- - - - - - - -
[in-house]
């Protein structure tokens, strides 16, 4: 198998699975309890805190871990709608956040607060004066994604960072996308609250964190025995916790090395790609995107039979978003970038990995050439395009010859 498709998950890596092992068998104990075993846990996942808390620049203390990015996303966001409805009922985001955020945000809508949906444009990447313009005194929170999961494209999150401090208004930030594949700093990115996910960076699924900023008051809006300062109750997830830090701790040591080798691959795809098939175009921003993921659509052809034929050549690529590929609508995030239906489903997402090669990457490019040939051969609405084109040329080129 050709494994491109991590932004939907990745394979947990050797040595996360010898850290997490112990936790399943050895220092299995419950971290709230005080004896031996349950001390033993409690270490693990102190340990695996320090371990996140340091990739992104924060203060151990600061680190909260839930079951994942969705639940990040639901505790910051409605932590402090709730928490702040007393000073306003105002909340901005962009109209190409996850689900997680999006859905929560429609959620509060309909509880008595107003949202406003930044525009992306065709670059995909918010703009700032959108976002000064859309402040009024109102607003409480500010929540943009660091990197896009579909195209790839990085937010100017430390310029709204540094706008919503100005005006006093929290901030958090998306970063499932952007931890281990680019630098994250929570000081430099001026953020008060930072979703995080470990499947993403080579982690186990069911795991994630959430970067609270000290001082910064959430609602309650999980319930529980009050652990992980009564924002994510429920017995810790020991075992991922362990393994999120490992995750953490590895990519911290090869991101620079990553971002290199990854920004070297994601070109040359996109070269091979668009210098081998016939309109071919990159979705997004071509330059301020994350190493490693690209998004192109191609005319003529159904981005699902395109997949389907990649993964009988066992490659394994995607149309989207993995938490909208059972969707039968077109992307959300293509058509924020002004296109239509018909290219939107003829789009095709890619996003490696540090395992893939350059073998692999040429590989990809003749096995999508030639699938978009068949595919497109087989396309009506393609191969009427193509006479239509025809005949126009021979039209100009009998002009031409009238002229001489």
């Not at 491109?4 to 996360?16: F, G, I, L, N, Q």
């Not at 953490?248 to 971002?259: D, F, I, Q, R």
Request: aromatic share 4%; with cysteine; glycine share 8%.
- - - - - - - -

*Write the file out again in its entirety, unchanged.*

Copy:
[in-house]
């Protein structure tokens, strides 16, 4: 198998699975309890805190871990709608956040607060004066994604960072996308609250964190025995916790090395790609995107039979978003970038990995050439395009010859 498709998950890596092992068998104990075993846990996942808390620049203390990015996303966001409805009922985001955020945000809508949906444009990447313009005194929170999961494209999150401090208004930030594949700093990115996910960076699924900023008051809006300062109750997830830090701790040591080798691959795809098939175009921003993921659509052809034929050549690529590929609508995030239906489903997402090669990457490019040939051969609405084109040329080129 050709494994491109991590932004939907990745394979947990050797040595996360010898850290997490112990936790399943050895220092299995419950971290709230005080004896031996349950001390033993409690270490693990102190340990695996320090371990996140340091990739992104924060203060151990600061680190909260839930079951994942969705639940990040639901505790910051409605932590402090709730928490702040007393000073306003105002909340901005962009109209190409996850689900997680999006859905929560429609959620509060309909509880008595107003949202406003930044525009992306065709670059995909918010703009700032959108976002000064859309402040009024109102607003409480500010929540943009660091990197896009579909195209790839990085937010100017430390310029709204540094706008919503100005005006006093929290901030958090998306970063499932952007931890281990680019630098994250929570000081430099001026953020008060930072979703995080470990499947993403080579982690186990069911795991994630959430970067609270000290001082910064959430609602309650999980319930529980009050652990992980009564924002994510429920017995810790020991075992991922362990393994999120490992995750953490590895990519911290090869991101620079990553971002290199990854920004070297994601070109040359996109070269091979668009210098081998016939309109071919990159979705997004071509330059301020994350190493490693690209998004192109191609005319003529159904981005699902395109997949389907990649993964009988066992490659394994995607149309989207993995938490909208059972969707039968077109992307959300293509058509924020002004296109239509018909290219939107003829789009095709890619996003490696540090395992893939350059073998692999040429590989990809003749096995999508030639699938978009068949595919497109087989396309009506393609191969009427193509006479239509025809005949126009021979039209100009009998002009031409009238002229001489």
């Not at 491109?4 to 996360?16: F, G, I, L, N, Q």
């Not at 953490?248 to 971002?259: D, F, I, Q, R």
Request: aromatic share 4%; with cysteine; glycine share 8%.